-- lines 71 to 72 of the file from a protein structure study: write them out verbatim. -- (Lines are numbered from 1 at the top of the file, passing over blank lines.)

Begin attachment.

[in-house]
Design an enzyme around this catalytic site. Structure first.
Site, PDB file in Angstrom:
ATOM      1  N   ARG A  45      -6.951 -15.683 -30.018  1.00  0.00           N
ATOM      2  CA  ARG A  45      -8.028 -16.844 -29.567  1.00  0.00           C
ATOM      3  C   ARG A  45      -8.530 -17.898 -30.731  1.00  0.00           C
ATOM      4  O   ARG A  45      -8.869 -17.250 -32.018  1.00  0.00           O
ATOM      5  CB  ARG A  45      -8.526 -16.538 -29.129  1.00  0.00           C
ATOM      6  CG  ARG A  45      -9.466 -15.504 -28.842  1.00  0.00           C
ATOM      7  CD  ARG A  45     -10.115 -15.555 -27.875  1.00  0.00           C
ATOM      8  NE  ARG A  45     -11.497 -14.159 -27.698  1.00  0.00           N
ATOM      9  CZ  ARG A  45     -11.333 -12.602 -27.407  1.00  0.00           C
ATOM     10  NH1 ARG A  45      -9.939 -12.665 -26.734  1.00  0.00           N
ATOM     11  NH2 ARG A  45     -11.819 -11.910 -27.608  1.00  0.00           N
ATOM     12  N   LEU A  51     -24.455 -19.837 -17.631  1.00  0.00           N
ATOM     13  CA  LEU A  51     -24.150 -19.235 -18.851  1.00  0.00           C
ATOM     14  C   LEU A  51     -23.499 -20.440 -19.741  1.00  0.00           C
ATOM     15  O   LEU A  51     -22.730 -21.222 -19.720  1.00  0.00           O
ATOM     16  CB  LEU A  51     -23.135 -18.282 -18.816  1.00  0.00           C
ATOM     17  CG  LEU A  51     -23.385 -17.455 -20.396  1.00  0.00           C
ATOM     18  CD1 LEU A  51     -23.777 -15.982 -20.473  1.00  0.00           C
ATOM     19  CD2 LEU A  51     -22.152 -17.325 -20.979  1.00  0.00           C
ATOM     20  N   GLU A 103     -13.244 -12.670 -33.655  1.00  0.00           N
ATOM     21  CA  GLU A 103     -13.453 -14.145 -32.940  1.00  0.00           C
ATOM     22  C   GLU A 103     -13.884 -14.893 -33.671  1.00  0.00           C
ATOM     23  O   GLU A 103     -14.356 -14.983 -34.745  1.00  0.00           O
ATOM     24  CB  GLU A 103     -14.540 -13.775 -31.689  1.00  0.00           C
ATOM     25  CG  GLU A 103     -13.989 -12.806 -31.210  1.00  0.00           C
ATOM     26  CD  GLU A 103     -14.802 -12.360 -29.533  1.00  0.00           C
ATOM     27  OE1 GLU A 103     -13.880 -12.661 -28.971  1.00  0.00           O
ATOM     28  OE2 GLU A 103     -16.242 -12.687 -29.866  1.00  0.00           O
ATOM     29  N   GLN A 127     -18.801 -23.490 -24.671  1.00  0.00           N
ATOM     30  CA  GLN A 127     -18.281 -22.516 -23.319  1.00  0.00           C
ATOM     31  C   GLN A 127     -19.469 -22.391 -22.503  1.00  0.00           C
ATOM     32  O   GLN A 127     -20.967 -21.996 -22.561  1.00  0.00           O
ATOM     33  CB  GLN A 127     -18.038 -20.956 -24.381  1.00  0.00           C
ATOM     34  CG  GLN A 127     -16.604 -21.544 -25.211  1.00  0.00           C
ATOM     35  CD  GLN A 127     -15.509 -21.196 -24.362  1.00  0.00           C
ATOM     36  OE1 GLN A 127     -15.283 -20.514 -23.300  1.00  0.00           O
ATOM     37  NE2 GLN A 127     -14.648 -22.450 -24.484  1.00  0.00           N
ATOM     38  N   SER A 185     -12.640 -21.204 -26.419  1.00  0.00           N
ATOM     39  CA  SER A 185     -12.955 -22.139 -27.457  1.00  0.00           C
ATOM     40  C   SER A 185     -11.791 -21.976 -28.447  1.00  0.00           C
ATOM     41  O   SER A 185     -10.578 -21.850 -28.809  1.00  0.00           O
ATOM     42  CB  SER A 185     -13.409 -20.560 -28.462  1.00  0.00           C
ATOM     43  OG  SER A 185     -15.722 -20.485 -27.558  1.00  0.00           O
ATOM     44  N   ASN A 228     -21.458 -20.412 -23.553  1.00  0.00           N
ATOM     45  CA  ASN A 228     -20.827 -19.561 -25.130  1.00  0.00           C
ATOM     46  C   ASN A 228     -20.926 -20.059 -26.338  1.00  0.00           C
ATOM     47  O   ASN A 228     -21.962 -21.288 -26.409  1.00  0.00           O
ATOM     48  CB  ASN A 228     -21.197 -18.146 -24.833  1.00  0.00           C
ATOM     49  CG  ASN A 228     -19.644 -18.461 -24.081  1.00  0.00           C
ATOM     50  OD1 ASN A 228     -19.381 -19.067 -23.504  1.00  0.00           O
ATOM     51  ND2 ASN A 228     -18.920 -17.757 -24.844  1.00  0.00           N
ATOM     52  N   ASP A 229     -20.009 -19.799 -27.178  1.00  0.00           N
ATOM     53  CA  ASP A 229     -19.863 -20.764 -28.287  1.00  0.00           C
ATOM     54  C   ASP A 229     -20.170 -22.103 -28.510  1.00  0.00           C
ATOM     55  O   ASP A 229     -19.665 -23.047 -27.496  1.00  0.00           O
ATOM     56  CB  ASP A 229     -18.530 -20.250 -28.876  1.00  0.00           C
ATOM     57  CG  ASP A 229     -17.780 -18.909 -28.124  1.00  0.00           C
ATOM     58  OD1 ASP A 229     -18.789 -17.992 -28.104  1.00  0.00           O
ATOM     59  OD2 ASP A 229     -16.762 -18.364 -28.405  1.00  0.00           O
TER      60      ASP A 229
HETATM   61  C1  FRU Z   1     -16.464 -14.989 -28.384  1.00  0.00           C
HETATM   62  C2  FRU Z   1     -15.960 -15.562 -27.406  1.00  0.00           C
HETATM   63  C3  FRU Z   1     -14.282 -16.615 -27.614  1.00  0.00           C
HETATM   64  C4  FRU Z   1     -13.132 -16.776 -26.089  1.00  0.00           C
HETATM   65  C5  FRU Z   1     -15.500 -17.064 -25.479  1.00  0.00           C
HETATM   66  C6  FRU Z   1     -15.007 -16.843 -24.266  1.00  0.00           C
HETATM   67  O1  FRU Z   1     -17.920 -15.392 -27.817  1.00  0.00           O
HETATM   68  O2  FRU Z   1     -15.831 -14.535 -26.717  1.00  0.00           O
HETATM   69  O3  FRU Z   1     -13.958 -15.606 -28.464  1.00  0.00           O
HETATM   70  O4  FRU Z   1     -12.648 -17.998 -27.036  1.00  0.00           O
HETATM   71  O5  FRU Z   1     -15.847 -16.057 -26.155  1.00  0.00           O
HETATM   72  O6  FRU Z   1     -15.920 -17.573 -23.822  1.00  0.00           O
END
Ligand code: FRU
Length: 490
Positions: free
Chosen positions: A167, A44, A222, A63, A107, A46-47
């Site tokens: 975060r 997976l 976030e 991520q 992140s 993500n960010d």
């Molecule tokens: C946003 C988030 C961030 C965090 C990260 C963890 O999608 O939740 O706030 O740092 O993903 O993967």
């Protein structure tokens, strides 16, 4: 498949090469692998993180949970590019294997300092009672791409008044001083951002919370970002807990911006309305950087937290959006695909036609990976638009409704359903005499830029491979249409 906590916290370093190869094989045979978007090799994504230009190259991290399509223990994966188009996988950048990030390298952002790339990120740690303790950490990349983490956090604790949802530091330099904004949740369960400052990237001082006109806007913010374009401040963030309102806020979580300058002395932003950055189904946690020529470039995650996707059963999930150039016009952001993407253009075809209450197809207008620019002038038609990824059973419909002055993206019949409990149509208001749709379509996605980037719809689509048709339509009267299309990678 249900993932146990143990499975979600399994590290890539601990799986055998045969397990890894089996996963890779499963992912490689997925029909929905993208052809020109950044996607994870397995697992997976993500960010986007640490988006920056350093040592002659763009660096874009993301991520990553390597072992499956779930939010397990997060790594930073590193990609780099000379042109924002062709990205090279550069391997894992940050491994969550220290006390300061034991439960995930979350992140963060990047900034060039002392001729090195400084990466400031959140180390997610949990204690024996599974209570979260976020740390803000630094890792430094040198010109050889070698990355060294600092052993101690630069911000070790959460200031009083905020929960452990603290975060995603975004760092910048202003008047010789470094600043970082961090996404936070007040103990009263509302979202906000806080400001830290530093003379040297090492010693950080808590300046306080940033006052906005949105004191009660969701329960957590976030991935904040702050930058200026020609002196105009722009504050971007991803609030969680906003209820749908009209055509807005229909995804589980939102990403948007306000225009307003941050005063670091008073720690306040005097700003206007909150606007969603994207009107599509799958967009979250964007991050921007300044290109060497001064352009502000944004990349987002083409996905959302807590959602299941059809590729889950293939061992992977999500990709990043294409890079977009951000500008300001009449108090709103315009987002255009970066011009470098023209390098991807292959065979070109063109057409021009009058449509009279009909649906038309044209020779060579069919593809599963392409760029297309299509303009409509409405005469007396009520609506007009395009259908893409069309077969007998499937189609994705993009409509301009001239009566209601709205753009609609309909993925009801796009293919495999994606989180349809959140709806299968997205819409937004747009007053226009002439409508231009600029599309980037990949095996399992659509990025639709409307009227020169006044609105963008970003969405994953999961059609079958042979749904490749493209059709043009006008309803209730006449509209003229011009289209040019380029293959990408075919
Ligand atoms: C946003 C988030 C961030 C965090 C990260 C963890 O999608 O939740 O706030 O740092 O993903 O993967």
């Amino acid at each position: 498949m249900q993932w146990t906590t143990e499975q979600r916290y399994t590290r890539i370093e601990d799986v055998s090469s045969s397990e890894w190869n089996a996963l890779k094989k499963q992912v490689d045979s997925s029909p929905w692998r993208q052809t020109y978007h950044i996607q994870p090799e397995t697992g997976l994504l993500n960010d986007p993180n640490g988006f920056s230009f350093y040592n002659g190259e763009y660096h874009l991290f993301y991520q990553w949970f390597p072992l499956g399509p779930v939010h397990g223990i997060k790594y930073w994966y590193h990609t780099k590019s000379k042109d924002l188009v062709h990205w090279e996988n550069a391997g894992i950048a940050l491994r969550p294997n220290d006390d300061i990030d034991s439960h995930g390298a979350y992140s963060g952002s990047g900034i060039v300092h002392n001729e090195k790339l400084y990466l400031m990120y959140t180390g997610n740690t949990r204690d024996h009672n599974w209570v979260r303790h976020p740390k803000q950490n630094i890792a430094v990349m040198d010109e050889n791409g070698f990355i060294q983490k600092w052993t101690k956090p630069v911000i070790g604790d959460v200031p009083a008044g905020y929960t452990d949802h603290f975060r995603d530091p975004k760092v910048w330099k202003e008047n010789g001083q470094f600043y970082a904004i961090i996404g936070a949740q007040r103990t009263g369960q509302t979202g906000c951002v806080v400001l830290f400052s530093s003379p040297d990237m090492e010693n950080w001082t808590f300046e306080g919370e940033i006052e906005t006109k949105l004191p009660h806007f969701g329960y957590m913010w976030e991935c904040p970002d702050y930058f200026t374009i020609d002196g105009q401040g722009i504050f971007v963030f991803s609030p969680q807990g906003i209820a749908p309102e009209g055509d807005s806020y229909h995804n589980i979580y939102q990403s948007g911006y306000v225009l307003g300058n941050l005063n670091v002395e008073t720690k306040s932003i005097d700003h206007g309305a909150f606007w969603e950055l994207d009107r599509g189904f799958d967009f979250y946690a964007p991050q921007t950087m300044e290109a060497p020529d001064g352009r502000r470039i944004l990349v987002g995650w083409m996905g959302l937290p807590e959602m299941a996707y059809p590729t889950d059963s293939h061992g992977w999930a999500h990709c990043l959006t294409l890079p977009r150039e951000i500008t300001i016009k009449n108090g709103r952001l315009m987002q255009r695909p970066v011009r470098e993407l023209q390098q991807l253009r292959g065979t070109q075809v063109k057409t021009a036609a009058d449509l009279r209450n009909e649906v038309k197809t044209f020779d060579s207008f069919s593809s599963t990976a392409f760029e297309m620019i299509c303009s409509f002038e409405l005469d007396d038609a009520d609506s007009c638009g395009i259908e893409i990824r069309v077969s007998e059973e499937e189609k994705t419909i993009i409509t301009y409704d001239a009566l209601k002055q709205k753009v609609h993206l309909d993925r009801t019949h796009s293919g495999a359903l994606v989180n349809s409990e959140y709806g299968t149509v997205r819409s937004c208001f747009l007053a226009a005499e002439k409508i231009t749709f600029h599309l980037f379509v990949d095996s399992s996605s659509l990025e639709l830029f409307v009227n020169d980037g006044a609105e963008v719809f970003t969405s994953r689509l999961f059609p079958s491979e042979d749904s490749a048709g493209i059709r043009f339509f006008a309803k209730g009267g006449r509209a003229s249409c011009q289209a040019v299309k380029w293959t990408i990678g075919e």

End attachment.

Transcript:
HETATM   68  O2  FRU Z   1     -15.831 -14.535 -26.717  1.00  0.00           O
HETATM   69  O3  FRU Z   1     -13.958 -15.606 -28.464  1.00  0.00           O